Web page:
Military Deception in the Modern Era
Modern MD has moved into the world of technological and cyber deception. One of the most modern examples about the changing dynamic of military deception is the widespread use of drones to seek out enemy positions, something that Russian forces used to devastate the Ukrainian military during the 2016 conflict. This has in turn presented modern military forces with a new challenge to maintain undetected, as once they are found they will be unable to deceive the enemy. This is an especially potent point with regards to the fight against Terrorism and terrorist cells. Drone capability would previously only be available to allied forces but now we are in a position where your average person is one click away from owning a drone with heatmap sensor capabilities.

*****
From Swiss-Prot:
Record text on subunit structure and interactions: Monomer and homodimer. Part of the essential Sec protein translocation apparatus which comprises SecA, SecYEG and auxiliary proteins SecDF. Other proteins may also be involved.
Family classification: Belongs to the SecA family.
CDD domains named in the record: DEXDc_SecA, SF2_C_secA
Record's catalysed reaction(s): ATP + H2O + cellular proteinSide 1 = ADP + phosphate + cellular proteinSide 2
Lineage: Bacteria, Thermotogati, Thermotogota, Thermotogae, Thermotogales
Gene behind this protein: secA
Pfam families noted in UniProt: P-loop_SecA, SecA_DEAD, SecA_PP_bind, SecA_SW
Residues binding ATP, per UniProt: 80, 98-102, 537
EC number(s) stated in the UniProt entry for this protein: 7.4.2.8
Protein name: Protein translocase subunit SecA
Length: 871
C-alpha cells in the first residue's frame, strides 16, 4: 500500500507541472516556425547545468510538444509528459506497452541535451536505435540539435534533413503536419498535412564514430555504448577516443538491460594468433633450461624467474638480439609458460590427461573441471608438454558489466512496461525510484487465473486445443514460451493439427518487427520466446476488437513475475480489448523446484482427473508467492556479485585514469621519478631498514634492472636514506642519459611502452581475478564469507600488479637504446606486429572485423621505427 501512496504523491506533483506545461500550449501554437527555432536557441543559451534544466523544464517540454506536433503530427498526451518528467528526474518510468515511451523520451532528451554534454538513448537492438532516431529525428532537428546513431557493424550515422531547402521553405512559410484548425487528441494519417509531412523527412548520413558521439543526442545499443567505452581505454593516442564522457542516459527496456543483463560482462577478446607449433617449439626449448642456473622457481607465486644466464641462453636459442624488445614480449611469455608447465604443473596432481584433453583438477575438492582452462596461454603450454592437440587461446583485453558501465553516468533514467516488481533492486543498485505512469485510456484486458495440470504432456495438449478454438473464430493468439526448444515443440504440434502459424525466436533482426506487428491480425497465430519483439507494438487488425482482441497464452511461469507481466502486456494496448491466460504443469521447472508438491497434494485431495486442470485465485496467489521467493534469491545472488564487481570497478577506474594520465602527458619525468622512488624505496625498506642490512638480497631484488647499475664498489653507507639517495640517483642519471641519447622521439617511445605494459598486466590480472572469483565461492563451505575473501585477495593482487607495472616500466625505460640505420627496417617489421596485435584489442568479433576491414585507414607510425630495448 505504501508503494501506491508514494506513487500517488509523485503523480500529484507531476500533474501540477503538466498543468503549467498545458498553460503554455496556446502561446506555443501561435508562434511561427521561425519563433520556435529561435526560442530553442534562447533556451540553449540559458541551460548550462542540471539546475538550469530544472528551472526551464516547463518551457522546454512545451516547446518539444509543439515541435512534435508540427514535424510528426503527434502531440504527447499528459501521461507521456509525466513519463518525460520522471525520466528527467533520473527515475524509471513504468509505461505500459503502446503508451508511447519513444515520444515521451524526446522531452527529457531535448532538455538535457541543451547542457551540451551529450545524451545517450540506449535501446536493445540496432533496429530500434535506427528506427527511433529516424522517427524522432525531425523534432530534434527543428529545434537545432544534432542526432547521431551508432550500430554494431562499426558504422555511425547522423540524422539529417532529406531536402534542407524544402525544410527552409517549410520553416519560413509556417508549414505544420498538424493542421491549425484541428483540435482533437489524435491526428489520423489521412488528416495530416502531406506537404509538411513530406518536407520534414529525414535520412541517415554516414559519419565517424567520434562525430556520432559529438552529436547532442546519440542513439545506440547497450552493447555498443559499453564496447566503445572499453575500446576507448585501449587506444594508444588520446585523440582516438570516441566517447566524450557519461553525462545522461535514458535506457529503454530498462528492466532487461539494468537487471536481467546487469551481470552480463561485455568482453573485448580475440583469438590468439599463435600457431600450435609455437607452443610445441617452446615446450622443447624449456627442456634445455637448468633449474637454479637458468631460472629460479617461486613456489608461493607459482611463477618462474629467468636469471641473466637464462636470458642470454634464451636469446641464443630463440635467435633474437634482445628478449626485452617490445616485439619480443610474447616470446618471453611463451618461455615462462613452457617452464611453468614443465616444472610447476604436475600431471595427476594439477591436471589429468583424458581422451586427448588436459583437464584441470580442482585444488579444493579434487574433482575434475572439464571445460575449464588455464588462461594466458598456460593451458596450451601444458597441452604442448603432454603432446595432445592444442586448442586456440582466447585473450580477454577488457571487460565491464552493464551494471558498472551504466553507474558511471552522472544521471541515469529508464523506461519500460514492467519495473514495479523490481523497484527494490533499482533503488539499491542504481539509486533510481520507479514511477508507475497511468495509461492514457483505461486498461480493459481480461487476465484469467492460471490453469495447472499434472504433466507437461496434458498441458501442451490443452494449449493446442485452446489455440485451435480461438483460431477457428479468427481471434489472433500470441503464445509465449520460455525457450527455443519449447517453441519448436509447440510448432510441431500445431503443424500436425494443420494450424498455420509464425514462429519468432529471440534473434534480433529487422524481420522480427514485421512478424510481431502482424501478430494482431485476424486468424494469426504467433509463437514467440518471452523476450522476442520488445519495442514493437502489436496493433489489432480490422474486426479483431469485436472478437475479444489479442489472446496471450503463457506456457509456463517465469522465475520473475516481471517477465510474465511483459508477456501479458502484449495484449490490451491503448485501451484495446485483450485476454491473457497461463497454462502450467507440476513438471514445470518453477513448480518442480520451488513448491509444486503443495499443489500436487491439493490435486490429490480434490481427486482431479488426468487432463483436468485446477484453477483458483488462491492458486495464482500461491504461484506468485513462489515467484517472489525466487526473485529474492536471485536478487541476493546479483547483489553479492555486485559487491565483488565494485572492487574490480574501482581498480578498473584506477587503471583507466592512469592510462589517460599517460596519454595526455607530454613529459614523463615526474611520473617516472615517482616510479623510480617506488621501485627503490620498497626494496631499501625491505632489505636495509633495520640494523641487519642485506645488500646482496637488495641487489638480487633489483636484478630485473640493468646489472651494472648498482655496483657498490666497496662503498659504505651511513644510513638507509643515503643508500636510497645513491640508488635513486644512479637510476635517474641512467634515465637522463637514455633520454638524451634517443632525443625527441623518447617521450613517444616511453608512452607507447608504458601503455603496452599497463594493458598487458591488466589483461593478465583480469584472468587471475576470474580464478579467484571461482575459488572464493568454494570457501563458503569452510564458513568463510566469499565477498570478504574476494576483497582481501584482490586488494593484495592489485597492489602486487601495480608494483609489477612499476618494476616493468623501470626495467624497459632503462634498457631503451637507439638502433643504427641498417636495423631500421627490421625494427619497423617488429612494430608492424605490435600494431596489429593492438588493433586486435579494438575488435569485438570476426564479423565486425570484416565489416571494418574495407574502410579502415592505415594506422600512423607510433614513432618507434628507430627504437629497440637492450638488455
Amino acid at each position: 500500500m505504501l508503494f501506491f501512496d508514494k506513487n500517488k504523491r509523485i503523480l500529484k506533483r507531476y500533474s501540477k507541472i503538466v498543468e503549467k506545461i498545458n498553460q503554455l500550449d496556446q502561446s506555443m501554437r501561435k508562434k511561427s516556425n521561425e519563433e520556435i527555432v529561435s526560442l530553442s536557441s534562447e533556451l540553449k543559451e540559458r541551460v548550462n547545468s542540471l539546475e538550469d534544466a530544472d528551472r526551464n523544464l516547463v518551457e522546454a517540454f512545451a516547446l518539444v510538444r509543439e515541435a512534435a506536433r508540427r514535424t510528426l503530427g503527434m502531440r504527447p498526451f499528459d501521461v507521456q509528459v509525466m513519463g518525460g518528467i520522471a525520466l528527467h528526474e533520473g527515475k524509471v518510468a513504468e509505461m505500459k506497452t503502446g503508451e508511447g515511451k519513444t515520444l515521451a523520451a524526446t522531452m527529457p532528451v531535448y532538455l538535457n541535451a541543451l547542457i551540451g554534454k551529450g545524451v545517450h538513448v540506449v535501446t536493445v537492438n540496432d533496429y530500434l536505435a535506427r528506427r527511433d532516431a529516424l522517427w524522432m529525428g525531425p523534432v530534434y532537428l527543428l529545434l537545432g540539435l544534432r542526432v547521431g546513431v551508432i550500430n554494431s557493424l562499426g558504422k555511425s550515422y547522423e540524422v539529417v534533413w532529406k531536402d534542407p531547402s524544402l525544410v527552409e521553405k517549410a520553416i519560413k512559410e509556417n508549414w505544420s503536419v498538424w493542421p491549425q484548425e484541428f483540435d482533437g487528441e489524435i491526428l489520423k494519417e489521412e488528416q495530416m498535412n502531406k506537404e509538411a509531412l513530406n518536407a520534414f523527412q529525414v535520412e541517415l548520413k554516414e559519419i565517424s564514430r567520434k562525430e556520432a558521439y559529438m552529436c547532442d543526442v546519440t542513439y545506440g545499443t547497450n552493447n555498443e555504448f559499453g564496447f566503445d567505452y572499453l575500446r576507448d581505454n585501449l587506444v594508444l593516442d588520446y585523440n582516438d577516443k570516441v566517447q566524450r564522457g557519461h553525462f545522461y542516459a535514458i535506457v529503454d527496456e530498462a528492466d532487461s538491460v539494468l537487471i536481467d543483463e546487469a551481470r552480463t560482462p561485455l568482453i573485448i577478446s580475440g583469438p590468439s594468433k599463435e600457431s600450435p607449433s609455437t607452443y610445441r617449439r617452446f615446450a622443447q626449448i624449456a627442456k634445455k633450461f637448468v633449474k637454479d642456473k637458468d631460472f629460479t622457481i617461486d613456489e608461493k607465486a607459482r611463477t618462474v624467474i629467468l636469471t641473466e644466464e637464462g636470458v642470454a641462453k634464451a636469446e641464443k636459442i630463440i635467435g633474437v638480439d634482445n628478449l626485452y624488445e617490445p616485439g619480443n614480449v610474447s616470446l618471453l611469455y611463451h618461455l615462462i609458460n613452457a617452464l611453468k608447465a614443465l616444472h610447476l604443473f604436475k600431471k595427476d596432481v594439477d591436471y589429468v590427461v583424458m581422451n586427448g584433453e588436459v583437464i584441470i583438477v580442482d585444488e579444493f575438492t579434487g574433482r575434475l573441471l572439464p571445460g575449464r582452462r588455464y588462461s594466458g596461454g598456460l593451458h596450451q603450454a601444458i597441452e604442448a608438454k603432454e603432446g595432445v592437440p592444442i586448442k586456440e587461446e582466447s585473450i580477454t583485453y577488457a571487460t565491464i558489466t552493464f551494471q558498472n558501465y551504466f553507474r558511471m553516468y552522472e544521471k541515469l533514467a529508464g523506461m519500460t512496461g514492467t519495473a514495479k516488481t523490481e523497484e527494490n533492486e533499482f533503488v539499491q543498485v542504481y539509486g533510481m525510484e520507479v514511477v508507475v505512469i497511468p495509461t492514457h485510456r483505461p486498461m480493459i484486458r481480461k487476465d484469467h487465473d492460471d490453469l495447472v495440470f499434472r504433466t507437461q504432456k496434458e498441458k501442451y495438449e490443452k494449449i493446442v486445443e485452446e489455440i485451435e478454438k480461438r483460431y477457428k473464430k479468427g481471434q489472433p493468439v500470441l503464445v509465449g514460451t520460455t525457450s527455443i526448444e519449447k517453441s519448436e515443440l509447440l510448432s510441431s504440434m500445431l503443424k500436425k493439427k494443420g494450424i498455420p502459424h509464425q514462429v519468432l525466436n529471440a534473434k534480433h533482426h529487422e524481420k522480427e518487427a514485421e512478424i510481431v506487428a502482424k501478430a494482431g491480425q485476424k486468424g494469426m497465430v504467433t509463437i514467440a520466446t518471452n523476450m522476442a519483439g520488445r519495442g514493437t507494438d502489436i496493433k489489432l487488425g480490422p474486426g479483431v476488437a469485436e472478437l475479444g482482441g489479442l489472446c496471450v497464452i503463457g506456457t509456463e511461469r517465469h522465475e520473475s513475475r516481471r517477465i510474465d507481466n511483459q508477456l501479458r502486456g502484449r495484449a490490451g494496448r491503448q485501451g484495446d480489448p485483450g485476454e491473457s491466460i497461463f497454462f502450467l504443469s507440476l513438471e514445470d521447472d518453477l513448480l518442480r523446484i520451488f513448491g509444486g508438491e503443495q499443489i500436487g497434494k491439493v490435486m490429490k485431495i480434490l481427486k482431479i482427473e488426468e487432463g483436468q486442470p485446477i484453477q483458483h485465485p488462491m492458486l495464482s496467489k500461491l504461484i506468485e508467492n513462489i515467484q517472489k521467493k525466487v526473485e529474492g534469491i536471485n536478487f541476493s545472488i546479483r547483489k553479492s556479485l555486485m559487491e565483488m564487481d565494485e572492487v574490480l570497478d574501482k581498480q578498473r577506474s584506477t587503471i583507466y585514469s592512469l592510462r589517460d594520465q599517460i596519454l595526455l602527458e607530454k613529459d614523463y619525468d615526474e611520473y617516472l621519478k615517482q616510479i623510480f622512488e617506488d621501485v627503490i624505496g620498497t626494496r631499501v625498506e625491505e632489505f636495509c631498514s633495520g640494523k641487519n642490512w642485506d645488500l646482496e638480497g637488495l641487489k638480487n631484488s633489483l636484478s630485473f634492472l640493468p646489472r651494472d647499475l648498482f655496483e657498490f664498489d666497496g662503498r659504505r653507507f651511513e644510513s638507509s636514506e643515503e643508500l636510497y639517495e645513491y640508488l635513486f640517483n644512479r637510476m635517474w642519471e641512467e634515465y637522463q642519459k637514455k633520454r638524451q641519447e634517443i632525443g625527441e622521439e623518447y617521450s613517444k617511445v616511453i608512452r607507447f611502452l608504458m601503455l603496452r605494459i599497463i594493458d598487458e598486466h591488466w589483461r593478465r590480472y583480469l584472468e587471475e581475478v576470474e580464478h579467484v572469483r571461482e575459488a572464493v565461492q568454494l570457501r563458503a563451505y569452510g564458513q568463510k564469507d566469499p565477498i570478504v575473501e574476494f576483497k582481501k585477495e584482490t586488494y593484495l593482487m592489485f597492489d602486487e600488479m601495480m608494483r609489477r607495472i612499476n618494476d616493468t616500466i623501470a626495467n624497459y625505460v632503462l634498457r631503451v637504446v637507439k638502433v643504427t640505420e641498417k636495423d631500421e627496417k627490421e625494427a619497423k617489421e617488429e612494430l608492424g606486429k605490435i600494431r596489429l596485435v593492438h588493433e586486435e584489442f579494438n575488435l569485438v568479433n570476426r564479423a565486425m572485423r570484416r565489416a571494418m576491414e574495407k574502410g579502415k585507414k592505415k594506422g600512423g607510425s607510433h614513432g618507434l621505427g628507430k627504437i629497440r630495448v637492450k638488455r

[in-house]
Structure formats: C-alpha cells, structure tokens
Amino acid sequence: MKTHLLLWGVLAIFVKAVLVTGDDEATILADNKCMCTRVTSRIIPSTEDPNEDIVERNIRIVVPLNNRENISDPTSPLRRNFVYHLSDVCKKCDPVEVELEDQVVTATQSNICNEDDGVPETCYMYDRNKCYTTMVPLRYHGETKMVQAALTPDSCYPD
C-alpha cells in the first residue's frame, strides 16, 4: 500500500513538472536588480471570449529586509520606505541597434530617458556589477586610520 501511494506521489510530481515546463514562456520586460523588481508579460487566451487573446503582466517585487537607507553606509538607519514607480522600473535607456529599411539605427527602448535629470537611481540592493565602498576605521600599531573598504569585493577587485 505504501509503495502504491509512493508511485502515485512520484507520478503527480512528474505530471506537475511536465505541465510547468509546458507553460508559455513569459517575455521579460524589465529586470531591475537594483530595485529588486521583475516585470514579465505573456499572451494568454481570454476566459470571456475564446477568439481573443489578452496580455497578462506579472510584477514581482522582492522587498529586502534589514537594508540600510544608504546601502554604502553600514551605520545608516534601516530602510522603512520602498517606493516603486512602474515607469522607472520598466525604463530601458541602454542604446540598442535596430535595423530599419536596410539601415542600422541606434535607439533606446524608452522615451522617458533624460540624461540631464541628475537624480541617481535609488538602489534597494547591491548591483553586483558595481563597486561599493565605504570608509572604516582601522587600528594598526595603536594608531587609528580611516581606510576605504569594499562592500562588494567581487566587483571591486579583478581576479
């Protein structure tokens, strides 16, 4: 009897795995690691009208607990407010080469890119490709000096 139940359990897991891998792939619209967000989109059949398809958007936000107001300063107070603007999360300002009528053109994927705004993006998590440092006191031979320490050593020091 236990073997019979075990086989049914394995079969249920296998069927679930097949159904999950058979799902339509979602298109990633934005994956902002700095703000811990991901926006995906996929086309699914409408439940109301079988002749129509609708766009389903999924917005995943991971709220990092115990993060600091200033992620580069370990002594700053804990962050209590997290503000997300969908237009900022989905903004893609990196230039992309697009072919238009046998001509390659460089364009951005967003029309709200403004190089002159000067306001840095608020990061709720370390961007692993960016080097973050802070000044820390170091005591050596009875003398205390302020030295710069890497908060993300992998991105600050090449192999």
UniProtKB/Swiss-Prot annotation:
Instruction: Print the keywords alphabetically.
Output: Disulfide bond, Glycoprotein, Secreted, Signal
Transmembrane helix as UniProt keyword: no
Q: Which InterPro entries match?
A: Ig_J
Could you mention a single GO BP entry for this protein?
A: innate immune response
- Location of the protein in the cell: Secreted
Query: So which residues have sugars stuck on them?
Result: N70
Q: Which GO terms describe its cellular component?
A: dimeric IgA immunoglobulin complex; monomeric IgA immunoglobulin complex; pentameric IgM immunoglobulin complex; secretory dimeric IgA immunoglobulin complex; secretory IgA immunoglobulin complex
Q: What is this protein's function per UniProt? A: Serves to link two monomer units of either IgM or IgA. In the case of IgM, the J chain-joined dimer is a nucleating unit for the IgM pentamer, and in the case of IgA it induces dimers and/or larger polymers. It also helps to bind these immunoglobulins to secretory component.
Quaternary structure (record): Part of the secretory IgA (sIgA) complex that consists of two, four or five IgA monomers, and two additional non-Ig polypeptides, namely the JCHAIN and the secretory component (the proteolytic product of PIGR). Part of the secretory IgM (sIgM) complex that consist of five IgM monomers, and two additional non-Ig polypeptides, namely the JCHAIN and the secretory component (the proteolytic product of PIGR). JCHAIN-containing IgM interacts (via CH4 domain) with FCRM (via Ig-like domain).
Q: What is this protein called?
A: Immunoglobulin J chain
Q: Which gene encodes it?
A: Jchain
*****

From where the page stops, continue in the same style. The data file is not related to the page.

To combat this, modern MD has focused heavily on the use of something called Signature Management – modern camouflage. This was detailed by Niklas Alund:
“Every soldier and every piece of military equipment on the planet’s surface is constantly interacting with radiation from within the electromagnetic spectrum. Light waves bouncing off the surface of an object form an image in our eyes or which can be captured by a camera, while reflected waves within the infrared band can be detected by dedicated sensors and films. Objects may generate… Signature management is the process of altering an object or individual’s signature in a way that delivers a military advantage. Most often this involves changing the signature in a way that helps an object to blend in with its environment so that it can’t be identified as a threat”